DAVOS - The canapes looked delicious but, from the corner of my eye, I saw that the front-row seats were quickly filling up.
No thanks, I told the waitress, hurried over and snagged the last available seat.
Half an hour later, Mr Bill Gates strolled onto the small stage in front, cleared his throat and settled onto a high chair.
For the next one hour, the Microsoft founder-turned-philanthropist shared updates on how he was trying to make the world a better place.
He spoke passionately, with his arms mostly folded across his chest, but sometimes spread out to make a point.
For a man with such incredible wealth - US$95.7 billion (S$130 billion), according to Forbes - he doesn't carry himself with the swagger you see a lot of in Davos at this time of the year, when the World Economic Forum (WEF) takes place and world leaders and business bigwigs roll into town.
A young man from Bahrain sitting two seats away from me said he had seen Mr Gates walking around the area earlier, very low-key.
The man next to me said that at one year's WEF meeting, he saw Mr Gates sitting by himself at a table. He decided to say hello and spent the next hour in conversation with the billionaire.
The event on Wednesday evening was held at the Microsoft Cafe, one of many pop-up structures that big corporations set up in Davos during the WEF.
It was billed as an informal discussion with Mr Gates, and the e-mail invitation came with a handwritten sign-off from "Bill".
In 2000, Mr Gates and his wife set up the Bill & Melinda Gates Foundation, which is the world's largest private charitable foundation.
Improving global healthcare is one of its key objectives, in particular combating infectious diseases such as tuberculosis, malaria, Aids and polio in the world's poorest countries.
Over the last two decades, the foundation has donated more than US$10 billion to this effort.
The money has gone mainly to three groups it works with - the Global Alliance for Vaccines and Immunisation (Gavi), the Global Fund to Fight Aids, Tuberculosis and Malaria, and the Global Polio Eradication Initiative.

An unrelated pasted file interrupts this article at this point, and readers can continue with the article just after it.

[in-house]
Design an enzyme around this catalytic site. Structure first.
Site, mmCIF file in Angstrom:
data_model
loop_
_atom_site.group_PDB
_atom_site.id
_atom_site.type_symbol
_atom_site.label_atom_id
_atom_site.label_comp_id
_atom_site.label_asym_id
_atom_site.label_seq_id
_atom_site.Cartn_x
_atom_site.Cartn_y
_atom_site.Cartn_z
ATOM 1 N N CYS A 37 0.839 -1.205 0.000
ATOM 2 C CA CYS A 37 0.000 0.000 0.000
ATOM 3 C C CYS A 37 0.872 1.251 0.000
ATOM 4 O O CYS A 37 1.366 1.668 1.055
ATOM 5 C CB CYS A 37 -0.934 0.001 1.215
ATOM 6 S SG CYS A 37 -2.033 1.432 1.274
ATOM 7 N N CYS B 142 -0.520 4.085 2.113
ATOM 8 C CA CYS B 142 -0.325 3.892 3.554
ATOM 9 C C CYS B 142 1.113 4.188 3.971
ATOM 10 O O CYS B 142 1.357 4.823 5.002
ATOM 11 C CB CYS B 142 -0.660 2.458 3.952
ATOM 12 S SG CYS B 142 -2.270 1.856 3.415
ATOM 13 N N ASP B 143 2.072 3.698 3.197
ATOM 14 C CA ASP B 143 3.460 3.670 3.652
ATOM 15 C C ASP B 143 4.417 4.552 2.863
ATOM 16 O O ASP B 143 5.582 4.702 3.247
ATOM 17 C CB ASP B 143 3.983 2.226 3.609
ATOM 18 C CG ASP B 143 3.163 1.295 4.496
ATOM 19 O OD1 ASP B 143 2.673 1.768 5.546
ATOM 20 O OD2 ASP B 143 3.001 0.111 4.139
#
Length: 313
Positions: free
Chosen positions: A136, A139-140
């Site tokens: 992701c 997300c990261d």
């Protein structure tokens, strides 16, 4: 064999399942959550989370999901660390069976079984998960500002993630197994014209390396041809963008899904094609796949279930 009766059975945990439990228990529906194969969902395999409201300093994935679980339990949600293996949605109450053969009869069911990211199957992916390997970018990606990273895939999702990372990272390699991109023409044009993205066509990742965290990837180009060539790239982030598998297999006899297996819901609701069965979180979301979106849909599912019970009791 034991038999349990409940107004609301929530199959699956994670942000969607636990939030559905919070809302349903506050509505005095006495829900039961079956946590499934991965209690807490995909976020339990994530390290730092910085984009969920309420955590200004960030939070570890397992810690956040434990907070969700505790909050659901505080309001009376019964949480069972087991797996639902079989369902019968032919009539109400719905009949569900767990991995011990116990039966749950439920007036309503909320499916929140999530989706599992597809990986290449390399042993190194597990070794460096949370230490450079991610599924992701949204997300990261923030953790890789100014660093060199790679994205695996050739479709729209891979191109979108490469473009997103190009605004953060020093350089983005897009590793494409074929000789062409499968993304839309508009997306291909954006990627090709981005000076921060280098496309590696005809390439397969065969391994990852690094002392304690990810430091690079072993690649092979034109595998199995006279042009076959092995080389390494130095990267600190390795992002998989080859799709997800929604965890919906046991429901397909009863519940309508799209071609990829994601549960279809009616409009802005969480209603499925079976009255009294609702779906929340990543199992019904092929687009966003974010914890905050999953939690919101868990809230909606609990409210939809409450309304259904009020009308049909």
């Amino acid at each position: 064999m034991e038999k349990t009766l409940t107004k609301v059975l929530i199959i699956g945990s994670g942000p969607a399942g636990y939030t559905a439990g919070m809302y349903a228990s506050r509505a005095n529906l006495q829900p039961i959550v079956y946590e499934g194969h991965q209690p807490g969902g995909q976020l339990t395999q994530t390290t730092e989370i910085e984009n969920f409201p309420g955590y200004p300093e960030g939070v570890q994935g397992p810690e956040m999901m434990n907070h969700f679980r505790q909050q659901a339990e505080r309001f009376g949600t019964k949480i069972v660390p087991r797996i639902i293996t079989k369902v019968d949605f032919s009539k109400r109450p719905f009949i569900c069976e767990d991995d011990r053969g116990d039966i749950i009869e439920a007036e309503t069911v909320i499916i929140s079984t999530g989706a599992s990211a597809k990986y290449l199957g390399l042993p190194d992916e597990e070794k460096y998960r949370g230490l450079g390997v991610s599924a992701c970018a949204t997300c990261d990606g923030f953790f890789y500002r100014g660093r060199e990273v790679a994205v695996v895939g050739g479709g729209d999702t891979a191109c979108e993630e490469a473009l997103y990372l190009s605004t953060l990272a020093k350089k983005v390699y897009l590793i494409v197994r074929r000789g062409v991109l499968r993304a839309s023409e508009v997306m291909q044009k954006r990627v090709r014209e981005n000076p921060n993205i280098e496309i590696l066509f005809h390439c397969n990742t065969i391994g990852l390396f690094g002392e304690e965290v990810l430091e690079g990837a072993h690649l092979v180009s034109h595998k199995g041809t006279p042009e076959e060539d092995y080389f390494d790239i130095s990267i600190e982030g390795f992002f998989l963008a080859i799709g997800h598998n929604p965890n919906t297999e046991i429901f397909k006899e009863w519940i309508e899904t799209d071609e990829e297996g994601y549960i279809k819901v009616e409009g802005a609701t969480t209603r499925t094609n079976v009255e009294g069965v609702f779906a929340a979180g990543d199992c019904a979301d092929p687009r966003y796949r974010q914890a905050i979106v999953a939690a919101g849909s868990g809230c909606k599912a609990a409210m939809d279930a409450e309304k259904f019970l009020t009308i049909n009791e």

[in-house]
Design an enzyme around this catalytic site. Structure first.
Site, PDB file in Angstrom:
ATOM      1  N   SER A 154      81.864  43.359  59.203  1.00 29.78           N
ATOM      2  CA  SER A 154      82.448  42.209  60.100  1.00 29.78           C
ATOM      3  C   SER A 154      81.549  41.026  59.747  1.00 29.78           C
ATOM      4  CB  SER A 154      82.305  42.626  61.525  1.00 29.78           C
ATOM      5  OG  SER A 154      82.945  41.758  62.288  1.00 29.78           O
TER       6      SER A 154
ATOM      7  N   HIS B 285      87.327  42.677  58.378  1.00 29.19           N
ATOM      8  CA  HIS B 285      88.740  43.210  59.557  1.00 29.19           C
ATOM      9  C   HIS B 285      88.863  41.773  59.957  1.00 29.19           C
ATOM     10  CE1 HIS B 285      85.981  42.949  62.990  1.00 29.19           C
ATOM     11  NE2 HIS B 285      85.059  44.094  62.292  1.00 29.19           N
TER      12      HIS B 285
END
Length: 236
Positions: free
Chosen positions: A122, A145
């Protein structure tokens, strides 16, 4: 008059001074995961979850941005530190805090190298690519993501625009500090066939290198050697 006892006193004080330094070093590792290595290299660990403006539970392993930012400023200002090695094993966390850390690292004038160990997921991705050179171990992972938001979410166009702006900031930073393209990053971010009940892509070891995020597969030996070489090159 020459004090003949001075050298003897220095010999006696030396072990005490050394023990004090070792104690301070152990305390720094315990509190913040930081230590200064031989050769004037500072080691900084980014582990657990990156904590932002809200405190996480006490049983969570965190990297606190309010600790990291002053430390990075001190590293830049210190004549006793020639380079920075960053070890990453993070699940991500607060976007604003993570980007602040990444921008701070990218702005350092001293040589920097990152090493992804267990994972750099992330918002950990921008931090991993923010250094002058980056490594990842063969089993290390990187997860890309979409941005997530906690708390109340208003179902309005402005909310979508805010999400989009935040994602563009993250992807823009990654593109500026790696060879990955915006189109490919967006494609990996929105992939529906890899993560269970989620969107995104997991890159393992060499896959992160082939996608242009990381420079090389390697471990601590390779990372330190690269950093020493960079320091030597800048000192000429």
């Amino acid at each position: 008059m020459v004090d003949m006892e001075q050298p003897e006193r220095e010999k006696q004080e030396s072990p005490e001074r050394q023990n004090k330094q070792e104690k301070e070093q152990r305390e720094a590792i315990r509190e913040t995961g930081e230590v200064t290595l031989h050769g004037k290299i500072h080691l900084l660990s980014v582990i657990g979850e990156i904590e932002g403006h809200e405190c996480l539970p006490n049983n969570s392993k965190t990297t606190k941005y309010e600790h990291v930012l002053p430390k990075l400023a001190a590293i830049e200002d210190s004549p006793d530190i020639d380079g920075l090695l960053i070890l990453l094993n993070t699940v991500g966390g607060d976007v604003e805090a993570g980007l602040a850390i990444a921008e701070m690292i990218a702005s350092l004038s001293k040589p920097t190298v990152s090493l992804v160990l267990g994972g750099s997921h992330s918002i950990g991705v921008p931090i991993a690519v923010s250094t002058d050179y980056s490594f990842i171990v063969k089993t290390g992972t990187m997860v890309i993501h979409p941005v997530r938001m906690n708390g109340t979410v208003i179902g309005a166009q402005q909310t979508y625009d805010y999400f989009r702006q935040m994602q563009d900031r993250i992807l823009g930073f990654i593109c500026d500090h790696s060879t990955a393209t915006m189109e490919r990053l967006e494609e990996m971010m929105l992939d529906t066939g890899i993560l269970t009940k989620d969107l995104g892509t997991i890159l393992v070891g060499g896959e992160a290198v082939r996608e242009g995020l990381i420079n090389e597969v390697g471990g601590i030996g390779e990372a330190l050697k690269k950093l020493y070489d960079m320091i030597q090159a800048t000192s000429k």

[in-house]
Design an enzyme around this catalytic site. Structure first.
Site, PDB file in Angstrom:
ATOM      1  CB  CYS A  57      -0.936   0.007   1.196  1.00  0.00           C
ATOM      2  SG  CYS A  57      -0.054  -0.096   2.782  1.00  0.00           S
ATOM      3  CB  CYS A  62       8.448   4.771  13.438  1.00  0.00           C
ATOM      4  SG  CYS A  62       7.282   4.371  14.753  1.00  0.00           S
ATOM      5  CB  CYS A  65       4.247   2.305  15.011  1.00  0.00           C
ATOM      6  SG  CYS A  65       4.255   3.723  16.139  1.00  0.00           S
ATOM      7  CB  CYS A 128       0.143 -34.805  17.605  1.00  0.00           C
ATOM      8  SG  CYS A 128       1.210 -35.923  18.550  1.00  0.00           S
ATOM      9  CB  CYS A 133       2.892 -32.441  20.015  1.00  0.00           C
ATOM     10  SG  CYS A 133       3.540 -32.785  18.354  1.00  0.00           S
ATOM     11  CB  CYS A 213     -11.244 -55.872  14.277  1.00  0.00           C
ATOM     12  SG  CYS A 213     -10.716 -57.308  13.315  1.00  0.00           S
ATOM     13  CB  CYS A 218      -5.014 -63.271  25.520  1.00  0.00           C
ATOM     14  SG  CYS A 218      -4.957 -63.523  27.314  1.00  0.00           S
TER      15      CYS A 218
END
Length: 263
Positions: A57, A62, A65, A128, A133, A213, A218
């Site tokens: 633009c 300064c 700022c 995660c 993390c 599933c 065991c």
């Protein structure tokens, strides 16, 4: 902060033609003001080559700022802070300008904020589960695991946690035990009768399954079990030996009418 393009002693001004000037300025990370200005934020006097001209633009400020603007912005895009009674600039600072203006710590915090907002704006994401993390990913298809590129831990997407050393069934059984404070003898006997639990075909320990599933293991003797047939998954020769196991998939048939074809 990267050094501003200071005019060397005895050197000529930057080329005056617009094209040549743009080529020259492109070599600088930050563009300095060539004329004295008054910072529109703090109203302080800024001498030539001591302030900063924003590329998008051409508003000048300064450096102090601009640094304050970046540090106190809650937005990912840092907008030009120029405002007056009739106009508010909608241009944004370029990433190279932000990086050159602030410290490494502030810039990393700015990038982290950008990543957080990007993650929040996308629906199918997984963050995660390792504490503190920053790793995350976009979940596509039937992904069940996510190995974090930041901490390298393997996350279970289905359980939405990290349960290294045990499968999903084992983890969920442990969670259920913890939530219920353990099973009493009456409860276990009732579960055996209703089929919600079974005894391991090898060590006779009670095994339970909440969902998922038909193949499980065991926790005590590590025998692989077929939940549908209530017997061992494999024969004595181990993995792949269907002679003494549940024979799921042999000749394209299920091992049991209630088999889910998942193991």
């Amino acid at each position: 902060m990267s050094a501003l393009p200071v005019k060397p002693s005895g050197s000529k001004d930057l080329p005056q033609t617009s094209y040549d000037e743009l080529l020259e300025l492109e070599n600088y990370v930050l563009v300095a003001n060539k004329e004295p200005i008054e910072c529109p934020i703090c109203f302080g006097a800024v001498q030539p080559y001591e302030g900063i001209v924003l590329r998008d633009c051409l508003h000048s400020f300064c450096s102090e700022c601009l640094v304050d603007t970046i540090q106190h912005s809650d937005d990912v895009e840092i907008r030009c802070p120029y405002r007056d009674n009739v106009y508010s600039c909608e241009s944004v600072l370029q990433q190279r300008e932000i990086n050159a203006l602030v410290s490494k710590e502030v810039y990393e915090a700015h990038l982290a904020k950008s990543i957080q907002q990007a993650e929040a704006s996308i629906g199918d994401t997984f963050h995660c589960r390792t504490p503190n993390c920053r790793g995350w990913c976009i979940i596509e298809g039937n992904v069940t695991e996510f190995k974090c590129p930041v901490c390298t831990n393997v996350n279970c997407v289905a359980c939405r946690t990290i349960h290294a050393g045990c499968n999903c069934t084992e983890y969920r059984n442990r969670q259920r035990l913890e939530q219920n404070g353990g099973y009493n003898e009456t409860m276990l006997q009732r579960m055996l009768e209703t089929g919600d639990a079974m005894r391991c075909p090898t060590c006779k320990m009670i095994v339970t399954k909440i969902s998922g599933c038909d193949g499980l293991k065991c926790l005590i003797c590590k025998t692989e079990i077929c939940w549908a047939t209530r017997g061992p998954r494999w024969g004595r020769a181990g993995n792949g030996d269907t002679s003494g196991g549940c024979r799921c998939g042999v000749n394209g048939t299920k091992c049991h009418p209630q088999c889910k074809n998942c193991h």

In a piece he wrote in The Wall Street Journal on Tuesday under the headline "The best investment I've ever made", Mr Gates said a calculation has shown that the US$10 billion invested in the global health funds has turned into US$200 billion worth of social and economic benefits.
"They've created a lot of wealth because when people aren't sick in bed, they can go to work or school," he wrote.
Mr Gates, 63, also made the point that while global health groups that buy and distribute medicine save lives, their funding from governments is in danger, and philanthropies can't fill the gap.
It was a theme he returned to at the event on Wednesday, where he was joined by Dr Susan Desmond-Hellmann, an oncologist who is chief executive officer of the Gates foundation.
He showed some slides to back the points he wanted to make.
First, statistics show that the world has become much healthier during the first two decades of the 21st century. Most tellingly, there has been a dramatic decrease in deaths of under-five-year-olds in developing nations.
Also, for every dollar invested in global health, there has been dramatic and outsized returns in the health and productivity of young people in lower-and middle-income nations.
When it comes to global health, he said, a long-term view is needed. People tend to ignore this because they are focused on the here and now.
He acknowledged that the foundation has learnt lessons along the way. "I remember the very first clinics we did in Botswana, we probably over-designed them, a little gold-plated, too many doctors involved in all the decisions," he said, to laughter from the audience.
Over time, processes have been streamlined and there have been more integration and discussions with countries where projects are rolled out, as well as with the private sector. Training, which was a weak point, has also been shored up.
He gave another example of bed nets, used to fight malaria, that tore quickly. The lesson learnt was it is better to pay a bit more and get more durable nets.
Dr Hellmann made the point that philanthropy and the private sector can only do so much and will not be able to take over from what governments do.
To this, Mr Gates added that Gavi and Global Fund regard the basic healthcare system of a country as the key health delivery vehicle of their efforts.
Towards the end of the session, a man from Kenya rose to ask a question and prefaced it by saying he wanted to bring the gratitude of millions of families who have benefited from Mr Gate's money but don't know it.
"Thank you, thank you very much," he said, as the crowd applauded warmly. "You probably don't get that often enough. The gratitude is visible in their faces, but they don't know you and I am here on their behalf."
From where I sit, I see Mr Gates nod at this - no smile - and give the barest hint of a shrug. He is not looking for gratitude, I think, he just wants to get the job done.